A manual recount in the Republican primary election for a City Council seat on Staten Island got underway Wednesday with the two rival candidates looking on, one denying charges of possible voter fraud and the other of anti-immigrant discrimination.
Staff of the New York City Board of Elections began tallying 8,577 ballots cast in the 50th council district which spans a central swath of the island. A slim margin of just 42 votes separates the two candidates, with David Carr ahead after ranked-choice voting tabulations. Marko Kepi ended election night 647 votes behind but narrowed that margin after picking up three times more absentee-ballot votes than Carr.
Looming over the recount is the threat of multiple investigations into potential election fraud. Kepi, who attended “Stop the Steal” rallies last fall in support of former President Donald Trump, is now under investigation for allegedly fabricating absentee ballots to rig the election in his favor.
In the Board of Elections warehouse on the South Shore of Staten Island, overlooking New York Harbor, Kepi denied the allegations.
“I feel like I’m back in Communist Albania, honestly,” said Kepi, a former U.S. marine who was born in Albania. Kepi insisted his campaign ran a valid absentee-ballot operation among a tight-knit group of Albanians and Albanian-Americans who live in the district and that the Staten Island Republican Party was trying to undermine his campaign.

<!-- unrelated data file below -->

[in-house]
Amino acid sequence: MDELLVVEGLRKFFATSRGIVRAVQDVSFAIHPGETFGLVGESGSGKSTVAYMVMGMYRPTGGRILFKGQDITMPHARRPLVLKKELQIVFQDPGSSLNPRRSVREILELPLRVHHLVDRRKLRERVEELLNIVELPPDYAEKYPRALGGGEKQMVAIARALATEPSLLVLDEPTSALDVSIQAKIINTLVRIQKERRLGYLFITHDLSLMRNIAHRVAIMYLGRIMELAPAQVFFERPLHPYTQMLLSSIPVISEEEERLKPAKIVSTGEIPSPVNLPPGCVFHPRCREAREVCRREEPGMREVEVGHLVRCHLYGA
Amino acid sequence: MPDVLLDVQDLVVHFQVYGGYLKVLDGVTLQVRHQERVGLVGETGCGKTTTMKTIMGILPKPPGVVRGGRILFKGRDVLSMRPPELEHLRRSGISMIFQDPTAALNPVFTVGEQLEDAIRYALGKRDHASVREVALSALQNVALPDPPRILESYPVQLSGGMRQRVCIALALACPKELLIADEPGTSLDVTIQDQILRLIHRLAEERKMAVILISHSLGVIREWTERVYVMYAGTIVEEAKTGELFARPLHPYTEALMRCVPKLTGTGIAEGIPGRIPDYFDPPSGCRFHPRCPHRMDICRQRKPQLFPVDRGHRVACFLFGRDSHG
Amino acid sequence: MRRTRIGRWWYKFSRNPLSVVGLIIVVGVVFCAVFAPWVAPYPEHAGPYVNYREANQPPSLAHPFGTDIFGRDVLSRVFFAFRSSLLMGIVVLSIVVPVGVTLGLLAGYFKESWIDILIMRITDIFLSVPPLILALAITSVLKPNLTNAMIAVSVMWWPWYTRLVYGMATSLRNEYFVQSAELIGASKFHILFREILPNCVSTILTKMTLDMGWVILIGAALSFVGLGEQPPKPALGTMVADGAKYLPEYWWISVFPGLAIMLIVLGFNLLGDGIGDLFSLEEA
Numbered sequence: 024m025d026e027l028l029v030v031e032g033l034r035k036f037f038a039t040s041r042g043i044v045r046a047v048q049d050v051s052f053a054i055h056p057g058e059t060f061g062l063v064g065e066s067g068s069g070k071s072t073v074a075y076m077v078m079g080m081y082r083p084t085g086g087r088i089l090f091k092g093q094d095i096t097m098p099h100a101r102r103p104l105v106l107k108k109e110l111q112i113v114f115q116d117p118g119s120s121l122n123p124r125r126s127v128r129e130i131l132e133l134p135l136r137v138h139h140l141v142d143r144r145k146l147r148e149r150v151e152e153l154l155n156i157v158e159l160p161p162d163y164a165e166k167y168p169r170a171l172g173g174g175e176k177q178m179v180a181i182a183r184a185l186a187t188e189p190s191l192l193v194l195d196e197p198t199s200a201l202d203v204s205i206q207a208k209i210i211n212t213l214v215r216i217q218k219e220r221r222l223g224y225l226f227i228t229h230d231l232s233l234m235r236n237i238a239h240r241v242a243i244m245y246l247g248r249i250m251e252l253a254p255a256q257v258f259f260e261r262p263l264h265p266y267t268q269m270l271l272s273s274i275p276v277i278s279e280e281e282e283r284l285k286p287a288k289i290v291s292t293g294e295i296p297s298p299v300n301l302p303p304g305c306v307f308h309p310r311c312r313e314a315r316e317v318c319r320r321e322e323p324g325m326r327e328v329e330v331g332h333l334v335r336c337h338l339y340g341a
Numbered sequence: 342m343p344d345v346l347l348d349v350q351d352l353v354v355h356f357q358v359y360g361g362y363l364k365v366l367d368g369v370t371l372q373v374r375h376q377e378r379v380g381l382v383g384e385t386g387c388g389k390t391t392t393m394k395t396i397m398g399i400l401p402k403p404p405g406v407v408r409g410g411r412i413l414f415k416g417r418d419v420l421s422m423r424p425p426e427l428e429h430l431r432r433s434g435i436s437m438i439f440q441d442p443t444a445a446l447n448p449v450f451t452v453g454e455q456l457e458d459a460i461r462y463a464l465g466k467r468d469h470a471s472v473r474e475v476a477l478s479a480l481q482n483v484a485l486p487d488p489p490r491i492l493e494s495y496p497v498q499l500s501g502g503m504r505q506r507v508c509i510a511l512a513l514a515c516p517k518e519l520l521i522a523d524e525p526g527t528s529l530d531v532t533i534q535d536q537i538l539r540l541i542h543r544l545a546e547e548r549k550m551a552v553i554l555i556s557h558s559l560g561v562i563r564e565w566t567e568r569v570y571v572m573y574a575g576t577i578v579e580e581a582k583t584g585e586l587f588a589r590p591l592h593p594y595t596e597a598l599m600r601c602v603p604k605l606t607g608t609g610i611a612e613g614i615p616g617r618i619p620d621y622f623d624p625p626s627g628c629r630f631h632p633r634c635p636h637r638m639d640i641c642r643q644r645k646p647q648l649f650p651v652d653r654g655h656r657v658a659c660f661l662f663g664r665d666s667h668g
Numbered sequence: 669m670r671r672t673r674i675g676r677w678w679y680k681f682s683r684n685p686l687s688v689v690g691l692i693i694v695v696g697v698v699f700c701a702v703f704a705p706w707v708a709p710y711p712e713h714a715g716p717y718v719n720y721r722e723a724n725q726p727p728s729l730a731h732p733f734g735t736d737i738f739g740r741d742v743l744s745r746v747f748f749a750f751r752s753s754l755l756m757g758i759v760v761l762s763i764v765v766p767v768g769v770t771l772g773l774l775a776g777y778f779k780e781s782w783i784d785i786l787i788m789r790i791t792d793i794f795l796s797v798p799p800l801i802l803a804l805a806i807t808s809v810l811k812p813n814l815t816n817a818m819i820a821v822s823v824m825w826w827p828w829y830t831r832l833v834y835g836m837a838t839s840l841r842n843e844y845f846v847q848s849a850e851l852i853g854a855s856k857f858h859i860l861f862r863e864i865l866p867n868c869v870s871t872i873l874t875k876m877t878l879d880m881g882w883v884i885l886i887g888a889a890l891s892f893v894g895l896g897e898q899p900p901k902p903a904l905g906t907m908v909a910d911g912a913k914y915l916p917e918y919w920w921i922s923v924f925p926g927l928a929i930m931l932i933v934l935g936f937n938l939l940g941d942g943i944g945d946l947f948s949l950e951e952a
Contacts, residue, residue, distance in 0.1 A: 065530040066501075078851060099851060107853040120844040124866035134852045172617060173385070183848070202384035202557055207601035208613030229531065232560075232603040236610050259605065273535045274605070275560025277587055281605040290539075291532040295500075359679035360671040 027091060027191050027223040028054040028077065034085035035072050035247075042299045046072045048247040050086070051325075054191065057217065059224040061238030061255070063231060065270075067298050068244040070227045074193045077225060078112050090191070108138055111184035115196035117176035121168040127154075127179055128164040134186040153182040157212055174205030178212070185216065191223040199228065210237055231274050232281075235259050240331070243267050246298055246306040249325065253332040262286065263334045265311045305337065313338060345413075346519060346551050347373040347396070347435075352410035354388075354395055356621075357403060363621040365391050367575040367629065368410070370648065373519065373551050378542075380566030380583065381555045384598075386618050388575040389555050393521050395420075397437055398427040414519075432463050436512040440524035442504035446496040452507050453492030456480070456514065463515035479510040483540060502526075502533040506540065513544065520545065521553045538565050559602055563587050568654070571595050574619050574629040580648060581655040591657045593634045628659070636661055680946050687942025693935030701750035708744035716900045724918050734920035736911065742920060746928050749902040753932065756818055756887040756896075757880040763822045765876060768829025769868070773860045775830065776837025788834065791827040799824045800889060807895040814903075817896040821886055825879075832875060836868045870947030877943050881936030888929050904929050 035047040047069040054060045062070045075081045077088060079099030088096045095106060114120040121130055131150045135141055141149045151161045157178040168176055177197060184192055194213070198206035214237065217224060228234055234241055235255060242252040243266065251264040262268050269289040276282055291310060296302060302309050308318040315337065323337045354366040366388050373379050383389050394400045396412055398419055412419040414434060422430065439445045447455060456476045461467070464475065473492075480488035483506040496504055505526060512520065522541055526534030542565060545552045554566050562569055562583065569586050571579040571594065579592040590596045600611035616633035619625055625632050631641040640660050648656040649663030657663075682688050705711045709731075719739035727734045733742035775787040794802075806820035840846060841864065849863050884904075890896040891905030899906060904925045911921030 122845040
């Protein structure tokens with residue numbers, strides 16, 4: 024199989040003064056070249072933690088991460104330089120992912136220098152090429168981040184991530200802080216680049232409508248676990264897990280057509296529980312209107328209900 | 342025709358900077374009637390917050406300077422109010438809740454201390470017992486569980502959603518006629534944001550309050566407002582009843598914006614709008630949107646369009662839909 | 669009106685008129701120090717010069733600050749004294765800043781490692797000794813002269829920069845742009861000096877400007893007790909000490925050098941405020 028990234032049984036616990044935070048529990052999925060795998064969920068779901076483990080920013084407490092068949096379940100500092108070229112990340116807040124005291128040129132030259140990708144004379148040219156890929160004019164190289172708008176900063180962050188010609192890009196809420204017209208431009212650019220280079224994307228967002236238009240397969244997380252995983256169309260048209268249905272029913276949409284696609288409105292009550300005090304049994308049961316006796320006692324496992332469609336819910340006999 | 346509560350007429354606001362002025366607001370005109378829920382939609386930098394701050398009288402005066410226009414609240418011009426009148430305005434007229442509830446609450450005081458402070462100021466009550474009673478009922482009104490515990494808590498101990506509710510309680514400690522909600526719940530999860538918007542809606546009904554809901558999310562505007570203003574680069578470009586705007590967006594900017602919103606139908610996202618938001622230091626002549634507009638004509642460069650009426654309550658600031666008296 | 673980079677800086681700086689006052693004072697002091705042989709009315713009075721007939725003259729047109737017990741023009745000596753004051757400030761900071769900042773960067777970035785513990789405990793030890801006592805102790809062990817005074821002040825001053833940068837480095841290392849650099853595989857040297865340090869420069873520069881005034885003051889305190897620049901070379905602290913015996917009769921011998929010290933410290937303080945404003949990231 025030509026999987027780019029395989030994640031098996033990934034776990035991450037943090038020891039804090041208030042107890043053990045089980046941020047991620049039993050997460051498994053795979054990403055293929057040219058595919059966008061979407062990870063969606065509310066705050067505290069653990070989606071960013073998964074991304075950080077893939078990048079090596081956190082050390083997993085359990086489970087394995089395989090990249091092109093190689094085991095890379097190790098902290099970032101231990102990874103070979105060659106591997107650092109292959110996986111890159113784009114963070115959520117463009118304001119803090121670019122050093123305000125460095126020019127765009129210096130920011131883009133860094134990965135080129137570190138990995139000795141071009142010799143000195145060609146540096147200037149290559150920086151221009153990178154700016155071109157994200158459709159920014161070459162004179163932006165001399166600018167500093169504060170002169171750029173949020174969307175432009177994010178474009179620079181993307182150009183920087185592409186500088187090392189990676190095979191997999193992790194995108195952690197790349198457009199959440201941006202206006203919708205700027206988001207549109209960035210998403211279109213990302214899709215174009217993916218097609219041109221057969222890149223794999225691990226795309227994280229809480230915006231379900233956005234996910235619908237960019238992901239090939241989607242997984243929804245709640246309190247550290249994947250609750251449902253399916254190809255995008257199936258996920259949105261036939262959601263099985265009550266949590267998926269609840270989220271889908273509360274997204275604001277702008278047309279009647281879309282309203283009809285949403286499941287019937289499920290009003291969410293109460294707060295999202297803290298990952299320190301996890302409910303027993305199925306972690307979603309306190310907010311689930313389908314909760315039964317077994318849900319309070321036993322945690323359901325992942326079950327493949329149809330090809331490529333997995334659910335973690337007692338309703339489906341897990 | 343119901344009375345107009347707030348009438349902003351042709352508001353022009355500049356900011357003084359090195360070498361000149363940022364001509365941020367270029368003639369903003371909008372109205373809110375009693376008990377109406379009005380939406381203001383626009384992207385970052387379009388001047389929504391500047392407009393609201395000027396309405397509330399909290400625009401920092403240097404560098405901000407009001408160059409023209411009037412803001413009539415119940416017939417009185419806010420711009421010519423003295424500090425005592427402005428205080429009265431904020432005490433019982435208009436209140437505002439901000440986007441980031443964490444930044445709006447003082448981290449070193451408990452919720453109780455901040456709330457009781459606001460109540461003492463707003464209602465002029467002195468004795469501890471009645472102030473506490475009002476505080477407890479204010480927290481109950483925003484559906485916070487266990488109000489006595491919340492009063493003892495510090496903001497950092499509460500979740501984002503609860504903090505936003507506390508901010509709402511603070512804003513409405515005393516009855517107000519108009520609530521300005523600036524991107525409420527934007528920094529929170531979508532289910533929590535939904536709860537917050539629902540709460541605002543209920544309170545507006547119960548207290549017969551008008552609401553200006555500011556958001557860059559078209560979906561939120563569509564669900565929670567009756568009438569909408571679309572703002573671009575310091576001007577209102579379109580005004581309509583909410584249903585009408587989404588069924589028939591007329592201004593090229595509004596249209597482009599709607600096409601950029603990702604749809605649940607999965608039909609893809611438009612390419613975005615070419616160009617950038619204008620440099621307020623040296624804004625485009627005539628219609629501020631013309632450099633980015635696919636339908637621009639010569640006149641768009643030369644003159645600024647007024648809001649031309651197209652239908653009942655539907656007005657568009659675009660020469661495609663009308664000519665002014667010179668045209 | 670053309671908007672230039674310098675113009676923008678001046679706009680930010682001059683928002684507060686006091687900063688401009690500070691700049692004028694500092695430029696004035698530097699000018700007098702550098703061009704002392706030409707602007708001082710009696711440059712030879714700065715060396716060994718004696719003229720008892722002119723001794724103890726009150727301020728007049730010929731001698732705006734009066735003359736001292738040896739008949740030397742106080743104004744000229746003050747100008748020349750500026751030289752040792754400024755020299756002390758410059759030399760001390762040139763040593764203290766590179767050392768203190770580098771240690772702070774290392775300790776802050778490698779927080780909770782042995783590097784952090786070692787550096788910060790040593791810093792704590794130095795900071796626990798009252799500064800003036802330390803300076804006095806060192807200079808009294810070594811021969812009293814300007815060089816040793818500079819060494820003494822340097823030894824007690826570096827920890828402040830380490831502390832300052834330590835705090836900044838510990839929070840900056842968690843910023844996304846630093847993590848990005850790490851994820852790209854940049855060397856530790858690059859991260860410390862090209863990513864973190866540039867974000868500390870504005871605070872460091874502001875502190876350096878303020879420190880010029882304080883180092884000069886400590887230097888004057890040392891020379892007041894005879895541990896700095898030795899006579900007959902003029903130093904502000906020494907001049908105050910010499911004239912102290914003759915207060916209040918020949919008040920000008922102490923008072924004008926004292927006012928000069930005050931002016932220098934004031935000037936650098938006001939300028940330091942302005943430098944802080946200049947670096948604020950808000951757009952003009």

“They found every loophole, every way possible to disqualify voters,” he said. “I campaigned against the party candidate and the party lost and now the party doesn’t want to give up. So they’re doing everything they can to stop us from claiming our victory.”
Carr, who works as chief of staff to the term-limited Councilmember Steven Matteo, brought concerns about 1,000 absentee ballots collected by Kepi’s campaign to the Board of Elections and the Staten Island District Attorney. The DA’s office is investigating; The Board of Elections requested help from state and federal authorities to investigate potential election fraud earlier this month, pointing to signatures on absentee-ballot envelopes that didn’t match the board’s records and an instance in which a dead person cast a ballot.
Chapin Fay, a spokesperson for Kepi, countered with charges of discrimination, accusing Carr’s campaign of singling out people with Albanian names for objections.
“They didn’t object to Joe Smith. They’re objecting to Kepi’s and all the other Albanian names,” Chapin said. “I think in any other board of elections across the country there would be a firestorm of media about that. It’s crazy.”
Also at the warehouse to survey Wednesday’s recount, Carr denied discriminating against Albanians and said the issues in this race highlighted why New York should put stricter limitations on absentee voting.
“New York State is unfortunately not a voter ID law state, the only defense we have against election fraud is the signature comparison process and that’s what we did,” he said. “I believe that every legal vote should be counted and that’s what’s happening here today.”
Carr and Kepi have sued one another and will appear before State Supreme Court Judge Ralph Porzio likely in mid-August, once the Board of Elections has finished the manual recount of votes.
Kepi’s campaign said they’re prepared to bring in all the voters whose absentee ballots are in question to testify. Robert Straniere, a former state assembly member and Kepi attorney, said the winner of the race ultimately may be decided in court.
“So as Yogi Berra said, ‘It ain’t over till it’s over,’” he said.